T-Mobile announced T-Mobile One on Thursday, its new plan that offers 4G LTE unlimited data. It will be the only plan offered by T-Mobile moving forward. It’s extremely appealing on the surface, allowing folks to access its fastest data network without worrying about overages or throttling (up to 26GB, at least). It also sets a dangerous precedent for the industry, flirting with ignoring the very spirit of net neutrality – that there should be no gate-keepers to the internet.

Net neutrality, at its core, is the idea that services and data online shouldn’t be inhibited by the service provider. An internet provider, whether mobile or broadband, shouldn’t be able to say whether or not its customers can access Netflix in favor of Hulu. The Open Internet rules protect consumers and prohibit companies from blocking, throttling and paid prioritization.

“A person engaged in the provision of broadband Internet access service, insofar as such person is so engaged, shall not impair or degrade lawful Internet traffic on the basis of Internet content, application, or service, or use of a non-harmful device, subject to reasonable network management,” the Open Internet rules state.

T-Mobile is degrading HD content but likely in order to provide a better experience for all customers, therefore covered under the “reasonable network management” part of that rule. That’s how it also gets away with throttling its most aggressive data users – a practice AT&T and Verizon use, too.

Like me, other industry-watchers and the FCC are worried that Internet providers won’t activate plans like this simply to keep their networks optimal for other subscribers, but rather to charge customers to access the full capabilities of their networks. Can you imagine how obscene this rule would be if, for example, Time Warner tried to implement it?

This is, as the FCC said, one of the many reasons that Net Neutrality laws exist: “The record on remand continues to convince us that broadband providers—including mobile broadband providers—have the incentives and ability to engage in practices that pose a threat to Internet openness, and as such, rules to protect the open nature of the Internet remain necessary.”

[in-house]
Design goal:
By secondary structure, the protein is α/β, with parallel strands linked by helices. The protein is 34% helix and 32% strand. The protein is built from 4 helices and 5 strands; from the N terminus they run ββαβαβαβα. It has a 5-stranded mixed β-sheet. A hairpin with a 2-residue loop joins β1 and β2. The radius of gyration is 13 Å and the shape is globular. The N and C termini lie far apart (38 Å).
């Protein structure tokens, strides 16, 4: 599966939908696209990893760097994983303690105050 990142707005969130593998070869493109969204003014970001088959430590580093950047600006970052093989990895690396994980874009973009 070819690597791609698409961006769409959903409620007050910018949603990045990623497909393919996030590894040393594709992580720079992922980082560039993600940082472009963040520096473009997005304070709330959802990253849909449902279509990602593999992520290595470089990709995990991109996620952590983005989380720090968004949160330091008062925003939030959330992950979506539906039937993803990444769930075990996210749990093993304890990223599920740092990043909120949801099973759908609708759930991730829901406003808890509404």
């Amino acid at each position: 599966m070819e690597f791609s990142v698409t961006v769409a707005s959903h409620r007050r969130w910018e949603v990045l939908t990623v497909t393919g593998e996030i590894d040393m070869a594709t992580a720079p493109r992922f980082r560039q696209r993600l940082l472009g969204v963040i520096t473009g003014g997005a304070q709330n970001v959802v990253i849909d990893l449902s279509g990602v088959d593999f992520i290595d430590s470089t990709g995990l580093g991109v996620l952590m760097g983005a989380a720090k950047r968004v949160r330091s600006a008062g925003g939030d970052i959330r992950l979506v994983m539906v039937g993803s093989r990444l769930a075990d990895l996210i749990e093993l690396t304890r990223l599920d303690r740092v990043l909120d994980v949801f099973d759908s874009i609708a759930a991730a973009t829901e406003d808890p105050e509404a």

Here’s a look at one such incentive T-Mobile has to throttling its customers:


If a customer wants to really use the LTE network he or she is already paying for, he or she needs to pay $25 more per month to do so. The potential for new revenue generated by the demand for better content is the very incentive that the FCC is trying to protect us from. It also doesn’t push T-Mobile to better its network in order to offer everyone HD content as standard.

“Novel, improved, or lower-cost offerings introduced by content, application, service, and device providers spur enduser demand and encourage broadband providers to expand their networks and invest in new broadband technologies,” the FCC said back in 2011. “Streaming video and e-commerce applications, for instance, have led to major network improvements such as fiber to the premises, VDSL, and DOCSIS 3.0. These network improvements generate new opportunities for edge providers, spurring them to innovate further.” If T-Mobile can charge customers for HD content, what incentive does it have to build out its network to support them?

As I’ve argued in the past, I’m not sure T-Mobile is being nefarious with these plans. I think Legere is a smart business man. T-Mobile One is certainly appealing, and I don’t think many customers actually care. But it’s worrisome in an industry where other carriers tend to copy T-Mobile’s moves that we’re allowing this to happen. If we’re not careful, we’ll all be coughing up monthly fees for new “HD music streaming” and “HD video” support nickle-and-dimed left and right in the name of “unlimited data.”

T-Mobile’s Legere has said time and time again that he has the best network, so I urge him to back up those claims by allowing customers to access its full potential, not by charging them $25 to do so.